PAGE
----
Lindsey says that Hormel has sought out ways to bring lapsed ham consumers back into the fold. “Our research shows that some consumers don’t shop the ham category because they perceive ham to be ‘too processed.’ We created the Hormel Natural Choice® ham, which is minimally processed and has no artificial ingredients or flavors and is made with no preservatives such as nitrates, nitrites or potassium lactates,” he says. The new ham comes in two flavors, Honey and Applewood Smoked.
Farmland has been working to develop unique ham products, such as grillable products that come with a wooden grilling plank, but it also gotten involved in the natural meats sector with the introduction of its Farmland Simply Natural and Farmland All Natural hams. “All-natural is a big trend that’s starting to take off, and we’ll have more focus on all-natural products,” Link says.
The All Natural hams are minimally processed without any extra additives, and the pork farmers follow a strict continual improvement process to earn the source-verified description that appears on each label. The Classic and Original hams in the line are whole-muscle, boneless hams that are naturally smoked with hickory wood. The Spiral Sliced is smoked and sliced to the bone and is wrapped in foil and netted.
Farmland Simply Natural ham products also have the source-verified description on the label, and its hogs are never given antibiotics and are given a vegetarian diet. The products also offer improved marbling and attractive and consistent ham coloring.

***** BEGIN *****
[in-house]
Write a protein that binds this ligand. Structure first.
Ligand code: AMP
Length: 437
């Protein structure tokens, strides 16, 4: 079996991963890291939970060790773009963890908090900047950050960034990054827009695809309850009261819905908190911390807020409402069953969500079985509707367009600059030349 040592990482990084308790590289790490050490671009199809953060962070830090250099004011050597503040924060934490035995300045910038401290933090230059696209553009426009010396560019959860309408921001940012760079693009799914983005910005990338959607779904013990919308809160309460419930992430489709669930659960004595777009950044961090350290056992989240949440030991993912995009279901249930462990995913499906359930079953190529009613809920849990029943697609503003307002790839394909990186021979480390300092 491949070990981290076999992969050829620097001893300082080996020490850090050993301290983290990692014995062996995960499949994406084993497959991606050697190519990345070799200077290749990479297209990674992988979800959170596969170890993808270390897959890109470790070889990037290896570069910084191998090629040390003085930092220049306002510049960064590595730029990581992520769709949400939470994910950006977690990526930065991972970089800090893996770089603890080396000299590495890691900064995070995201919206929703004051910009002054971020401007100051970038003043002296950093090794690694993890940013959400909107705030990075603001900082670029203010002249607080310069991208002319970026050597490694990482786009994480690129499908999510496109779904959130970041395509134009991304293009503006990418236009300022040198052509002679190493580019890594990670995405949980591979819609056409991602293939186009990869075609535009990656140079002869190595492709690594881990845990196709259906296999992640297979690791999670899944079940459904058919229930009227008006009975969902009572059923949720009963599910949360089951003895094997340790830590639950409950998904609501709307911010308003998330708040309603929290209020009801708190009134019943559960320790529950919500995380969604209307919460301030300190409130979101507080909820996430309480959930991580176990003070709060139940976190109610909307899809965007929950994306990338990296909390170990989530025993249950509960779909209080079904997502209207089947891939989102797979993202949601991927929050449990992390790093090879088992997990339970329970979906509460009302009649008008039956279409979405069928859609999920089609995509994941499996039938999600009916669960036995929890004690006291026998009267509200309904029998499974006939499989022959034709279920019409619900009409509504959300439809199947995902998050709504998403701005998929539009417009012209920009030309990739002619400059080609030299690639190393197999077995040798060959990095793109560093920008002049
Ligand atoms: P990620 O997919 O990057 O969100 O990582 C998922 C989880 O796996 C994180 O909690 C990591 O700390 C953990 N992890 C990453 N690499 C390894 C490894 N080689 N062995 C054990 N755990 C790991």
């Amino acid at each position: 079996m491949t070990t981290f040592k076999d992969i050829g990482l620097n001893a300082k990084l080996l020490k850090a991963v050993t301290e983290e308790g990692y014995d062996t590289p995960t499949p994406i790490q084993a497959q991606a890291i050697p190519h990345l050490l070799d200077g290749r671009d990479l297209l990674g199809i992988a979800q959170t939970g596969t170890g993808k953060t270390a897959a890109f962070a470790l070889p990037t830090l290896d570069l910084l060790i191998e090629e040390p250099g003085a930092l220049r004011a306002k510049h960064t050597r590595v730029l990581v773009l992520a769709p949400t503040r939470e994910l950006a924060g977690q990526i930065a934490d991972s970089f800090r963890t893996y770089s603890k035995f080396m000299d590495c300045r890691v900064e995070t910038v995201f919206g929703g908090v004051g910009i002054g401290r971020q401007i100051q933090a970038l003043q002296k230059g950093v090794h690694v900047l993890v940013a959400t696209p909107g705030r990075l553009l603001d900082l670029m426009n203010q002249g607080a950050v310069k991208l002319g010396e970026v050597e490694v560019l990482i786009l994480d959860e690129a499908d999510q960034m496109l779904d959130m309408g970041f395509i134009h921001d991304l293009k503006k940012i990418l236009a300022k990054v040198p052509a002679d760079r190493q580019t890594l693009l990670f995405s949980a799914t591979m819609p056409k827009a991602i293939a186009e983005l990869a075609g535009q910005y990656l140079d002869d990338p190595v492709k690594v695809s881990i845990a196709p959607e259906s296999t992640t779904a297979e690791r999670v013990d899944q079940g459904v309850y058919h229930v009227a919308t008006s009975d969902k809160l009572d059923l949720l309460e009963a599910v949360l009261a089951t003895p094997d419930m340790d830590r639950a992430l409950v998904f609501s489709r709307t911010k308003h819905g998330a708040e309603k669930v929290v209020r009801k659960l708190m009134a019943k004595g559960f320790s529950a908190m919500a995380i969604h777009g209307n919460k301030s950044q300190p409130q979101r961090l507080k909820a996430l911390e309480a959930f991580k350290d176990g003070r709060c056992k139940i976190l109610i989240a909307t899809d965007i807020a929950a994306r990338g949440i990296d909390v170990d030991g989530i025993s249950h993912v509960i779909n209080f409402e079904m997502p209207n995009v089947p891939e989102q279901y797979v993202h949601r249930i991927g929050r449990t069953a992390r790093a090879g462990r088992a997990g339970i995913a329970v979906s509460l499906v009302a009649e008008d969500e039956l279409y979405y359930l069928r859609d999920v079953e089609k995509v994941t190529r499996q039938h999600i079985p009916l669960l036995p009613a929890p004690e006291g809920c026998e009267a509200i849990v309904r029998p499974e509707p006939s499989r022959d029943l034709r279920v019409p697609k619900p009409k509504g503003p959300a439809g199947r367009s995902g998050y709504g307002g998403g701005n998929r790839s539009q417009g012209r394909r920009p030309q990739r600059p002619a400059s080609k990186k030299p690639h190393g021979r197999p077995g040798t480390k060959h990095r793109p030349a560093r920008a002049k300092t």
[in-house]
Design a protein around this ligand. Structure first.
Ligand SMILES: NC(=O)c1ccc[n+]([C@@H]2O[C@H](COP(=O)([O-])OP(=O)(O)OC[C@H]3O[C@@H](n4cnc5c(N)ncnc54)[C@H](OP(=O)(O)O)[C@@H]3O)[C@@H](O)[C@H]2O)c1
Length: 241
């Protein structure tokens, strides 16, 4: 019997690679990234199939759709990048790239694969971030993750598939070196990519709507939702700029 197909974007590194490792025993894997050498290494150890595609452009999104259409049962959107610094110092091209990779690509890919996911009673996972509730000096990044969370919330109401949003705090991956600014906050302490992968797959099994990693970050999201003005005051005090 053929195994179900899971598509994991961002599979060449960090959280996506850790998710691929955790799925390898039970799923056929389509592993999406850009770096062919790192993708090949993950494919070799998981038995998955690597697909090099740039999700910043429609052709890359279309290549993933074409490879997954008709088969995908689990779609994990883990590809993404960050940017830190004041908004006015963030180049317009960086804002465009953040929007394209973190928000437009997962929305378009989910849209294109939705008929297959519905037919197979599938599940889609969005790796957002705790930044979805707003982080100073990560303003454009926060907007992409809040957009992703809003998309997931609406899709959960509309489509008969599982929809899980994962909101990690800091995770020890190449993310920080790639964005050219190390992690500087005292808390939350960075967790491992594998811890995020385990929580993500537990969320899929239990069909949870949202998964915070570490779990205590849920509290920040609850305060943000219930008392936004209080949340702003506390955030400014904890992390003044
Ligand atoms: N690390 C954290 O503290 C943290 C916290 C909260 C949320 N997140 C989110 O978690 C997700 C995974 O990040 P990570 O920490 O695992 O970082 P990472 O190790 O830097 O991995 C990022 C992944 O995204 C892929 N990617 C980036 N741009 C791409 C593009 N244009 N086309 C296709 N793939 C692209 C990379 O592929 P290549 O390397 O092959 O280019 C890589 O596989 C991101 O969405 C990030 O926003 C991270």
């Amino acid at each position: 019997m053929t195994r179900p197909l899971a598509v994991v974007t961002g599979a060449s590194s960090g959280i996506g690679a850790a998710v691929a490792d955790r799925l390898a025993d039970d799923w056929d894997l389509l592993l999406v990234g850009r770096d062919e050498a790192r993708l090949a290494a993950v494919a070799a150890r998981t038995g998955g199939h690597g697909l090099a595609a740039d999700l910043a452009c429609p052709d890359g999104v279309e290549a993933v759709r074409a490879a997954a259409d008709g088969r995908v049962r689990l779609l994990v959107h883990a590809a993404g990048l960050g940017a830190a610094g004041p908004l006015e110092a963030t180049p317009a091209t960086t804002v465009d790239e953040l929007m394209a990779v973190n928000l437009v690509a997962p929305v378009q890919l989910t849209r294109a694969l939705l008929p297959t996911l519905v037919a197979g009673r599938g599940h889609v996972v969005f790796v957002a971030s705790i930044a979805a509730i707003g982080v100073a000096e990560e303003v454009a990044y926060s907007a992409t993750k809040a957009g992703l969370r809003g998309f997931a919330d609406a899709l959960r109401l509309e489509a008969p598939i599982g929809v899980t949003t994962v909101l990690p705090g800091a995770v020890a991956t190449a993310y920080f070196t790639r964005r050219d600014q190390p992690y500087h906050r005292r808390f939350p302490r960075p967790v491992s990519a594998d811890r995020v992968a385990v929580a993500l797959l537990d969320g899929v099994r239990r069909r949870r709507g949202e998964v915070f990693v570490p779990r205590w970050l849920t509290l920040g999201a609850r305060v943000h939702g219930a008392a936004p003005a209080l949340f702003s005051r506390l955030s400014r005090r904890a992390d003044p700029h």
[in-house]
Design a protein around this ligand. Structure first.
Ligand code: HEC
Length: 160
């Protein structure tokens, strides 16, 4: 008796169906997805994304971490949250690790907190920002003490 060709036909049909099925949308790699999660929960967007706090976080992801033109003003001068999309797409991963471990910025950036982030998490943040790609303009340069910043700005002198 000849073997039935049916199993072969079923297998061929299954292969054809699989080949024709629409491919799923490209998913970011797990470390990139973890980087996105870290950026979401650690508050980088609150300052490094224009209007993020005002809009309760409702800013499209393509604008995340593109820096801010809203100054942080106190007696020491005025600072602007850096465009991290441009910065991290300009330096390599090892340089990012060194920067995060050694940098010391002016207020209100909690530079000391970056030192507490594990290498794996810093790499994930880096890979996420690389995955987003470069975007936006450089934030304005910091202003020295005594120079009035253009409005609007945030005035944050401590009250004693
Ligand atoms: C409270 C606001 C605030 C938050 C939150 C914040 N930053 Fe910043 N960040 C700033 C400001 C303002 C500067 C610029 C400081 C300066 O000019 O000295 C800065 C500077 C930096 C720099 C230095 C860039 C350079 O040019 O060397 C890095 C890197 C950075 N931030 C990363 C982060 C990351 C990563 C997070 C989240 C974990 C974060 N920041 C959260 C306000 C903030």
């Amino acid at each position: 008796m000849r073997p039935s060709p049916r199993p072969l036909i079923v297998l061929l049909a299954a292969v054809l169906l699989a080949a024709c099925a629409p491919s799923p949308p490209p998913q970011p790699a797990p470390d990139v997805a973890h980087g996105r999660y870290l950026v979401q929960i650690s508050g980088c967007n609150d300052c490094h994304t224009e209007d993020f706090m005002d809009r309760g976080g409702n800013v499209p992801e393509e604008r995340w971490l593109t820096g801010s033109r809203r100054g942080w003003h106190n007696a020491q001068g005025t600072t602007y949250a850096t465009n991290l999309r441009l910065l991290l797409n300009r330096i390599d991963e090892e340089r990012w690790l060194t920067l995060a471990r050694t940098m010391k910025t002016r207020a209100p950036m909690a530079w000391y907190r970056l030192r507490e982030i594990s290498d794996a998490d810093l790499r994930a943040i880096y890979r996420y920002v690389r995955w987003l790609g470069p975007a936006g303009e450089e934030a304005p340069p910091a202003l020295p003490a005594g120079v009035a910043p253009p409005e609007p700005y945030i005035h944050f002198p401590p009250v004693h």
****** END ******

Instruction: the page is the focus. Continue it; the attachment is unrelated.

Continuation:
Higher-tech hams
As with anything in the fast-changing meat processing industry, developments in processing equipment and related technologies have continued to refine the end product. Link says that ham today has more flavor to it than it has in years past. “Making ham more tender has been a push for a lot of companies, [as well as] experimenting with a lot of different flavors and flavored smoke — a more robust honey flavor or brown sugar, flavors that enhance hams.”
Link says that science has helped produce a better raw product as well, such as ham with just the right amount of marbling to create a better flavor. “We’re seeing more and more developments on the genetic side of the business,” he says.
Hatfield has utilized new technology that helps improve the visual appeal of its hams. “By their nature, different parts of the ham muscle have varying degrees of color,” says Bower. “A new technology has been developed which imparts an even color tone to the ham. Hatfield Quality Meats has had great success with this new technology.”
Lindsey says that despite advances in production technology, much of Hormel’s processing is still done by hand, with the Cure 81 products being hand trimmed and naturally hardwood smoked. “Each ham is individually inspected, registered and guaranteed by our curemaster,” he notes. He does note that the ability to create natural products that can meet stringent food safety standards has been a big help for the company. “Consumers get a great-tasting product that’s better for them,” he says.
Looking into the future, Bower says that the ham sector will continue to stay strong, provided companies adapt to change. “Manufacturers of ham products must continue to innovate and offer consumers convenient meal solution options and products with greater taste,” he says.